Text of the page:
But the impact has not yet been felt and a shift from statements of intent to tangible action will be vital.

Tracking policymakers’ intentions is challenging at any time. We have turned to the political press to gauge the extent to which their collective attention remains on climate change.

We have tracked the numbers of articles in major political publications focused on climate change every quarter since before the global financial crisis.

The chart below shows that while attention has turned elsewhere recently, it remains robust – particularly compared to the sharp fall of 2008/09.


And the following chart underlines the stronger focus on climate change this year compared to the last two years.


Weighing up the positives and negatives

Turning to the Climate Progress Dashboard in more detail, there’s been a tension between the positives and the negatives over the last quarter.

Positive: carbon price rises and weaker fossil fuel capital investment

A major boost was driven by the sharp rise in carbon prices, particularly in the EU Emissions Trading Scheme, where they touched decade-long highs in July.

That rise – despite still-subdued industrial output – points to optimism for tougher climate action going forward.

Further weakness in fossil fuel capital investment in the last quarter also helped, signalling lower growth intentions for that industry.

Negative: growth in fossil fuel production, weak renewable energy growth

The latest BP Statistical Review of World Energy 2020 underlined the challenge of continued growth in fossil fuel production. It showed relatively weaker growth in renewable energy capacity than the IEA has determined will be needed to meet the commitments global leaders made in Paris.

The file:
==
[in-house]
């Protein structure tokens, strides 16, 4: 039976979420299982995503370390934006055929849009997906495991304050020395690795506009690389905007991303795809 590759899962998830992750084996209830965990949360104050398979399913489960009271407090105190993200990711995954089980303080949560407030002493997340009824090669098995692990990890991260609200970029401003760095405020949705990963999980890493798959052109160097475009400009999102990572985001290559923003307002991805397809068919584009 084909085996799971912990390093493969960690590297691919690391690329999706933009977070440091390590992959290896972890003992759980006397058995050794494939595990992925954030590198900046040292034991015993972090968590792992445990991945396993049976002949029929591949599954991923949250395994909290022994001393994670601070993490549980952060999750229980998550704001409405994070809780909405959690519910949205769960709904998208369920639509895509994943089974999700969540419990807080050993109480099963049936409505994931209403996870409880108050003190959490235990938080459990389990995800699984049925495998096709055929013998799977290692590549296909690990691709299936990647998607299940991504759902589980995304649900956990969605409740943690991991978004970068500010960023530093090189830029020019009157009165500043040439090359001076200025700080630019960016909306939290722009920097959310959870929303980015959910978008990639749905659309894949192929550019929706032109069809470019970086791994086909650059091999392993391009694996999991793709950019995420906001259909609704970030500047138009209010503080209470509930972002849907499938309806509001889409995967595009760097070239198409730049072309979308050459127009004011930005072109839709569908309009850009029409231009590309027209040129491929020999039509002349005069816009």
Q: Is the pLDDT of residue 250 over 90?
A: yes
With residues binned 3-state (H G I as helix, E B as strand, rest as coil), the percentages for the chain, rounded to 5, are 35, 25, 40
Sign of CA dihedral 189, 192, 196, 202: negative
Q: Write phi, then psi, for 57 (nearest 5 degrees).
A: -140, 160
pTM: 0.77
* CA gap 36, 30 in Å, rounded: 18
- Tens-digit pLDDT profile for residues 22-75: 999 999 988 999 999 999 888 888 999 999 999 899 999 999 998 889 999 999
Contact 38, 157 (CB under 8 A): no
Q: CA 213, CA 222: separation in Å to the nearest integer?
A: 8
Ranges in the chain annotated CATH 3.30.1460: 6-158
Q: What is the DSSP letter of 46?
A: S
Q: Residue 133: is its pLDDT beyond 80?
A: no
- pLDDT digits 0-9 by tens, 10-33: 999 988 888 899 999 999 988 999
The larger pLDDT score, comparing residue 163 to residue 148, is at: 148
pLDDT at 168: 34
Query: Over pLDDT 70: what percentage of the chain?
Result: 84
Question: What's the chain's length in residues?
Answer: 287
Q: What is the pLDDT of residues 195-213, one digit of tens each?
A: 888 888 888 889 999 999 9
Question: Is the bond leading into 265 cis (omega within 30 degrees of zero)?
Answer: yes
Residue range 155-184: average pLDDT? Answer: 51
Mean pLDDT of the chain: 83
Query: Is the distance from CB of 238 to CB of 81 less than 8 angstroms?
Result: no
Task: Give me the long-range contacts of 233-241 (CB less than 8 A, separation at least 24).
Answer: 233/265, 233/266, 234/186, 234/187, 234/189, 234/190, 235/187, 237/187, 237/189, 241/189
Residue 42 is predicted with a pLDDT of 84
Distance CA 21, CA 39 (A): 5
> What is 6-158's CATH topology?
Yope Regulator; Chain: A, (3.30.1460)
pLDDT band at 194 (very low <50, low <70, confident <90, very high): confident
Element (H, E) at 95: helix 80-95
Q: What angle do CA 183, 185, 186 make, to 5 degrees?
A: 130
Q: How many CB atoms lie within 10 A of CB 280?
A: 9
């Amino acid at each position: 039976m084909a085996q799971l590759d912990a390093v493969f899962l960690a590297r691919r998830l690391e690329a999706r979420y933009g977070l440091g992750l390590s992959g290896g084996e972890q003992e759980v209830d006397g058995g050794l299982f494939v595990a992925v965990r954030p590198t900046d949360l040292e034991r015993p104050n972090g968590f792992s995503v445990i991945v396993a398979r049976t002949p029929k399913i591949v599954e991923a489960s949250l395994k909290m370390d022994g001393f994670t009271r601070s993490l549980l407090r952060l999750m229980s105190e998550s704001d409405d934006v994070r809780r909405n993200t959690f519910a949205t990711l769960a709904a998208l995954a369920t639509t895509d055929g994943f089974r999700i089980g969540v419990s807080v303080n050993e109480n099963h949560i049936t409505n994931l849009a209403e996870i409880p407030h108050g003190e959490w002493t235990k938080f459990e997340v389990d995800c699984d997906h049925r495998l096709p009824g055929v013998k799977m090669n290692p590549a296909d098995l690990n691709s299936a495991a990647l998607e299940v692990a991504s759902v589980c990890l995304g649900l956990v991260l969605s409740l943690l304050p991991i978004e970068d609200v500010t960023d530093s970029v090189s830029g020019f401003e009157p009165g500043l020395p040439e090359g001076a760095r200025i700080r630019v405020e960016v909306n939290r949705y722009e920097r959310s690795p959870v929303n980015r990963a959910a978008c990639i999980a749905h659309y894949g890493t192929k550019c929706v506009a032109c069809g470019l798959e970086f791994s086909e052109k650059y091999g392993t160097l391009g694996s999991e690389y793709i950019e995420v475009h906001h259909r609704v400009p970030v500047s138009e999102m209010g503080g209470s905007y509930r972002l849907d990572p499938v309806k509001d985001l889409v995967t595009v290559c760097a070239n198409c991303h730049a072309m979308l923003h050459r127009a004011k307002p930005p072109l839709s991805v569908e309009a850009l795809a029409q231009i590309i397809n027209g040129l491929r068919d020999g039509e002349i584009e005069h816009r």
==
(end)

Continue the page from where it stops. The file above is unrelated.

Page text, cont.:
Vehicle tensions: electric car sales down vs commitments on combustion engines

The headline temperature rise of 3.1°C implied by the growth of electric car sales is unchanged compared to last quarter. The tensions in that indicator are a microcosm of the wider pressures on the climate trajectory.

This year electric car sales have fallen sharply. This is undermining the pace of turnover in the global car pool, though it is only around half the level of the wider car industry’s contraction.

Looking forward, an increasing number of governments have committed to removing combustion engines from their roads, implying a platform for faster growth in the future.

The tension between current headwinds and future opportunities is common to many of the indicators across the Climate Progress Dashboard.



How those tensions will ultimately be resolved remains uncertain, but the Covid-19 crisis has underlined the importance of political leadership to driving changes across society.

The early indications give grounds for optimism.

Summary of changes

The chart below plots the changes in each indicator relative to the last update (Q1 2020).


The chart below plots changes in each indicator since we launched the Climate Progress Dashboard in mid-2017.